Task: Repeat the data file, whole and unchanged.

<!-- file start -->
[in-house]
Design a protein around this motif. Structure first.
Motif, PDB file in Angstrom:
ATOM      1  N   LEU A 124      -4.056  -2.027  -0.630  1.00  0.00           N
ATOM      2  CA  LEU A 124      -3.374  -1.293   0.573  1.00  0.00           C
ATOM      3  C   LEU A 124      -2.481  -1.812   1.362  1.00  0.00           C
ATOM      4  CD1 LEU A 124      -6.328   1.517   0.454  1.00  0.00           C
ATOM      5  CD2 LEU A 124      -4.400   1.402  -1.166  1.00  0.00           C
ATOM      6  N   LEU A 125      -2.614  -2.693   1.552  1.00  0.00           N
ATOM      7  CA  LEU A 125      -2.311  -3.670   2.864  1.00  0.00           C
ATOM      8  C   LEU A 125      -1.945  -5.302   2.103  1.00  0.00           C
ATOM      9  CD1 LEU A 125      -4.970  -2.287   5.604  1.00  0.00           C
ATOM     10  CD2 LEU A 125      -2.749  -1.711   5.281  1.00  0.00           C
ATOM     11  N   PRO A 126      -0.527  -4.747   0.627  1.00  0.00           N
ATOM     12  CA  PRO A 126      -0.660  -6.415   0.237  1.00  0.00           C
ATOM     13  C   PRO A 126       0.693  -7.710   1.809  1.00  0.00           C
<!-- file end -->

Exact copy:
[in-house]
Design a protein around this motif. Structure first.
Motif, PDB file in Angstrom:
ATOM      1  N   LEU A 124      -4.056  -2.027  -0.630  1.00  0.00           N
ATOM      2  CA  LEU A 124      -3.374  -1.293   0.573  1.00  0.00           C
ATOM      3  C   LEU A 124      -2.481  -1.812   1.362  1.00  0.00           C
ATOM      4  CD1 LEU A 124      -6.328   1.517   0.454  1.00  0.00           C
ATOM      5  CD2 LEU A 124      -4.400   1.402  -1.166  1.00  0.00           C
ATOM      6  N   LEU A 125      -2.614  -2.693   1.552  1.00  0.00           N
ATOM      7  CA  LEU A 125      -2.311  -3.670   2.864  1.00  0.00           C
ATOM      8  C   LEU A 125      -1.945  -5.302   2.103  1.00  0.00           C
ATOM      9  CD1 LEU A 125      -4.970  -2.287   5.604  1.00  0.00           C
ATOM     10  CD2 LEU A 125      -2.749  -1.711   5.281  1.00  0.00           C
ATOM     11  N   PRO A 126      -0.527  -4.747   0.627  1.00  0.00           N
ATOM     12  CA  PRO A 126      -0.660  -6.415   0.237  1.00  0.00           C
ATOM     13  C   PRO A 126       0.693  -7.710   1.809  1.00  0.00           C